|Sarah Palin and dead bear, sport hunted. Photo: smiteme|
Cat breeders and animal rights activists are really the two sides of the same coin or they should be. But you wouldn't believe it the way they attack each other. Cat breeders should (and most are) sensitive towards animals. They care about their cats. They grant their cats lots of rights. They are, in one sense, animal rights people.
However, although I am not against cat breeders I don't like they way that some tend to brand people who fight for animal rights, "AR extremists" (Animal Rights extremists). Some cat breeders tend to brand all people who fight for animal rights as extremists. It seems to be some sort of defense mechanism. Breeders sometimes feel under attack from AR people and defend themselves by insinuating that animal rights people are "extremists", meaning unbalanced people of criminal intent thereby insulting them and giving the impression that they are not worth listening to.
This is clearly wrong. Only a very tiny minority of people who are concerned with animal rights become "extremists" and most of that tiny minority take peaceful and legal action. This is a good thing, surely, and cat breeders should welcome it. In the eyes of some people, even the AR people who break the law have a good reason to do so. The law, after all, is not always that effective is it? How effective are animal rights laws in protecting vulnerable animals? Take laboratory experiments, for example. I would bet that a decent number of cat breeders are against animal experimentation but feel powerless to change things. It is legal after all. Yet they would criticise AR extremists who fight at the sharp end to change the law and protect innocent animals (including cats) who are experimented upon in the name of commerce, the making of a buck.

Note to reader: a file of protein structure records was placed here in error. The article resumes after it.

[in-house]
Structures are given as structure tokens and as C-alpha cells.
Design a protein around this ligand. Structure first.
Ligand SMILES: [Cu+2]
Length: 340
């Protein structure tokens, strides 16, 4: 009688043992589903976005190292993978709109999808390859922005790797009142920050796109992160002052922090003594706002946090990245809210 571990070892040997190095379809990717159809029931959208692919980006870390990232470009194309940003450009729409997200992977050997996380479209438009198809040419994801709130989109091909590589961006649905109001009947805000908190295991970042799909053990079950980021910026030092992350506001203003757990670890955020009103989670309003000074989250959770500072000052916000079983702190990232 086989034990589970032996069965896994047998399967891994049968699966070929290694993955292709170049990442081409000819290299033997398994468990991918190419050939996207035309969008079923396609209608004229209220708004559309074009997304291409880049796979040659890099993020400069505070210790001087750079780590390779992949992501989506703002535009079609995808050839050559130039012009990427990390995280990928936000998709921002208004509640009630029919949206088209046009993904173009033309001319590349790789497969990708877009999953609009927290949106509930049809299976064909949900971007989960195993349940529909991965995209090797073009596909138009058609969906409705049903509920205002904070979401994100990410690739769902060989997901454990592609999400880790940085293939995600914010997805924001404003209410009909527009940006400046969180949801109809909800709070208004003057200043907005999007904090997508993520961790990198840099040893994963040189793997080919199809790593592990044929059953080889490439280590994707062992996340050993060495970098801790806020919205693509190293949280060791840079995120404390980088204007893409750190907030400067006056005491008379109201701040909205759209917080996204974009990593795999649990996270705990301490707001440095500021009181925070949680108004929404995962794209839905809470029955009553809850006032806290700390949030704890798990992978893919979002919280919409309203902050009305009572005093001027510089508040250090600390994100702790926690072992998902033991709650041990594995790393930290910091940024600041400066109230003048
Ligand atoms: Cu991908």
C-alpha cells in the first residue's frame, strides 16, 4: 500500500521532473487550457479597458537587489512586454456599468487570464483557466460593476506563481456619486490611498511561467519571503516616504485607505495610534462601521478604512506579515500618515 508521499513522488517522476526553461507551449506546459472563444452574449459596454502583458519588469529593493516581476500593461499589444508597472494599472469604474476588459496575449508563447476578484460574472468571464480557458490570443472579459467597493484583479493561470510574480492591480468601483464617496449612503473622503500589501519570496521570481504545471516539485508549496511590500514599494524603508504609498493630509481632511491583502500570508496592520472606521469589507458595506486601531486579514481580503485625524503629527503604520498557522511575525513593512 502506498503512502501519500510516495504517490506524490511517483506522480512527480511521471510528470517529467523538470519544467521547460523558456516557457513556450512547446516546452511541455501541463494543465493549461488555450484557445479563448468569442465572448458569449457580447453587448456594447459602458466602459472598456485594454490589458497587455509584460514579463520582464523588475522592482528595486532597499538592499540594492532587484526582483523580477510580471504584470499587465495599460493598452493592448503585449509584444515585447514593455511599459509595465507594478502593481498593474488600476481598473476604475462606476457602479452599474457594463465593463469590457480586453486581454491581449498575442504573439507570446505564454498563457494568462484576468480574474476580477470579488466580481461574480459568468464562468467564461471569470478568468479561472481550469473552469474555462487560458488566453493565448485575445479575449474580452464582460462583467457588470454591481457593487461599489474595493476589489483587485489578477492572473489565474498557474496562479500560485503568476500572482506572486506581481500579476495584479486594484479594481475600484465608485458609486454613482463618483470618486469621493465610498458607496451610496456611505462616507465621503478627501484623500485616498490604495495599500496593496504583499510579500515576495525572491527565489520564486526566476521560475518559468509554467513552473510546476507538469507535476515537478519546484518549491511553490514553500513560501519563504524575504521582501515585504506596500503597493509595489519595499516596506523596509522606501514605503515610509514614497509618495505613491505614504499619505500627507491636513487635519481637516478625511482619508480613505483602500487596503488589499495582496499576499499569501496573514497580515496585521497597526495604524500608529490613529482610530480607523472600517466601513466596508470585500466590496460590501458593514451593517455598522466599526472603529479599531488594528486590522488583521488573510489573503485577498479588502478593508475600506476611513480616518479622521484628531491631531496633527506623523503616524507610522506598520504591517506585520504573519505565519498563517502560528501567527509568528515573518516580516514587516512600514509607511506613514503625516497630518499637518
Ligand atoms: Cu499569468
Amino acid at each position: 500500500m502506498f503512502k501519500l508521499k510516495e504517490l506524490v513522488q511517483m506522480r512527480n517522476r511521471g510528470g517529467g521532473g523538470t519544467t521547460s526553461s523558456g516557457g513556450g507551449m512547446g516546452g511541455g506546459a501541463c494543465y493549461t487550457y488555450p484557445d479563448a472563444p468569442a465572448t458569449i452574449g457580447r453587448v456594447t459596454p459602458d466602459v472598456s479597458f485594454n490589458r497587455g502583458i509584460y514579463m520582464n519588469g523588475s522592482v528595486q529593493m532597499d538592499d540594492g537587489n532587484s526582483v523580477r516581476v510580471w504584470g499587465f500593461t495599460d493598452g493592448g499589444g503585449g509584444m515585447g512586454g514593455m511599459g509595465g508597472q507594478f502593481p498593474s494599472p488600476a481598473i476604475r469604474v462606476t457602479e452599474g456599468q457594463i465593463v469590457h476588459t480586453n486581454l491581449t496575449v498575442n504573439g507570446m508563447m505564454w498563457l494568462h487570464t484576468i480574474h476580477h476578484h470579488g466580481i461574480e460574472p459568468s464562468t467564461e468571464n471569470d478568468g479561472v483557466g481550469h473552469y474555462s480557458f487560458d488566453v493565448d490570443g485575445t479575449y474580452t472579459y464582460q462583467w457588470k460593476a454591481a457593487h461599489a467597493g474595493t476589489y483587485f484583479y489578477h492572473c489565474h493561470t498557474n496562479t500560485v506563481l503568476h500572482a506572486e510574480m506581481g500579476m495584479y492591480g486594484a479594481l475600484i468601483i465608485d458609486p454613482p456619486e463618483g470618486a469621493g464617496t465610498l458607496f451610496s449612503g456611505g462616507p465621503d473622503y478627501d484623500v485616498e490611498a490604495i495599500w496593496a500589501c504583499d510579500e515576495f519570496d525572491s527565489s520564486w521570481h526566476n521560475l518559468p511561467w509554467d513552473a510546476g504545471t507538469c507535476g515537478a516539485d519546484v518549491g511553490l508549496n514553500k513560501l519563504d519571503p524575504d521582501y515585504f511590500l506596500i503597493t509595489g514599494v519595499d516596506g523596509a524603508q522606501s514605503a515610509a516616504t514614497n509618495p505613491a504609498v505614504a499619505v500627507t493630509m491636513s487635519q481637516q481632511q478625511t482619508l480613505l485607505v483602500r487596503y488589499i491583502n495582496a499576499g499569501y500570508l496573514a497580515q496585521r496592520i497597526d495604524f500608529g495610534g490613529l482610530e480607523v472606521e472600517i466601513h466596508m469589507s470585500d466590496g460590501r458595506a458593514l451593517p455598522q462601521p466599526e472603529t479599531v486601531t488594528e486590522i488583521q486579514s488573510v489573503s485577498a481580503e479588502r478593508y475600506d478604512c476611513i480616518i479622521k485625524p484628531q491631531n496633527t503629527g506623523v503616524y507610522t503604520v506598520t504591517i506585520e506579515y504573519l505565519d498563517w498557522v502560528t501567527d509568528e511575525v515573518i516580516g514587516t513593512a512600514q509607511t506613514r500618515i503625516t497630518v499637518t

For me the point is this. Cat breeders and animal rights should and most often do go together. I don't see an absolute reason why cat breeding should not exist. Provided it is done in a highly responsible way and the global and wider picture is noted. I don't think cat breeders cause the feral cat problem; it's the buyers. Anyway cat breeders breed purebred cats and buyers of purebred cats are usually, nearly always, very responsible people in relation to caring for their cats.
So, AR people should lighten up a little on attacking cat breeders and cat breeders should start talking to AR people and find a common method of proceeding. Cat breeders and animal rights people should be two sides of the same coin.
Update 16th Jan 2009: A visitor made a comment saying I didn't know the meaning of animal rights. I think this person has a narrow view of animal rights. This is a definition: The concept that animals are entitled to certain fundamental rights such as the right to be spared undue suffering. Such fundamental rights are not necessarily compromised by cat breeders. The small wild cat of his/her own volition became domesticated and lives a more secure life domesticated than in the wild. That is why they became domesticated.
Update 12th Feb 2009: I have just noticed Ingrid Newkirk's views on breeding and pet ownership. I agree with her that we should use the term companion animal and not ownership of animals. The law is slow to change on this. But she is against the concept of companions animals totally it seems. I wonder why. The concept of companionship is a positive one. The idea being that both sides benefit. After all, as mentioned, the wild cat would not have allowed herself to become domesticated if the process did not benefit her. Yes, pet ownership and the domestic cat situation has got out of hand. There are a number of negative these days for the cat that is domesticated. For instance, the cat has to live indoors to be safe. We have created a world hostile to the cat outdoors. Humans have screwed up, no doubt, but at the beginning of domestication many thousands of years ago the relationship worked well. We shoudn't throw out the baby with the bath water but modify the process of cats or dogs as companion animals not eliminate it.
Update 21-2-09: A thought: Do cat breeders of purebred cats (responsible cat breeders by and large) affect the rights of feral cats? - ANS: No. Do cats have rights before they are born? ANS: No. Do purebred cats receive excellent animal rights? ANS: Yes nearly all of the time.
Cat Breeders and Animal Rights to Home Page
Animal Rights: Current Debates and New Directions
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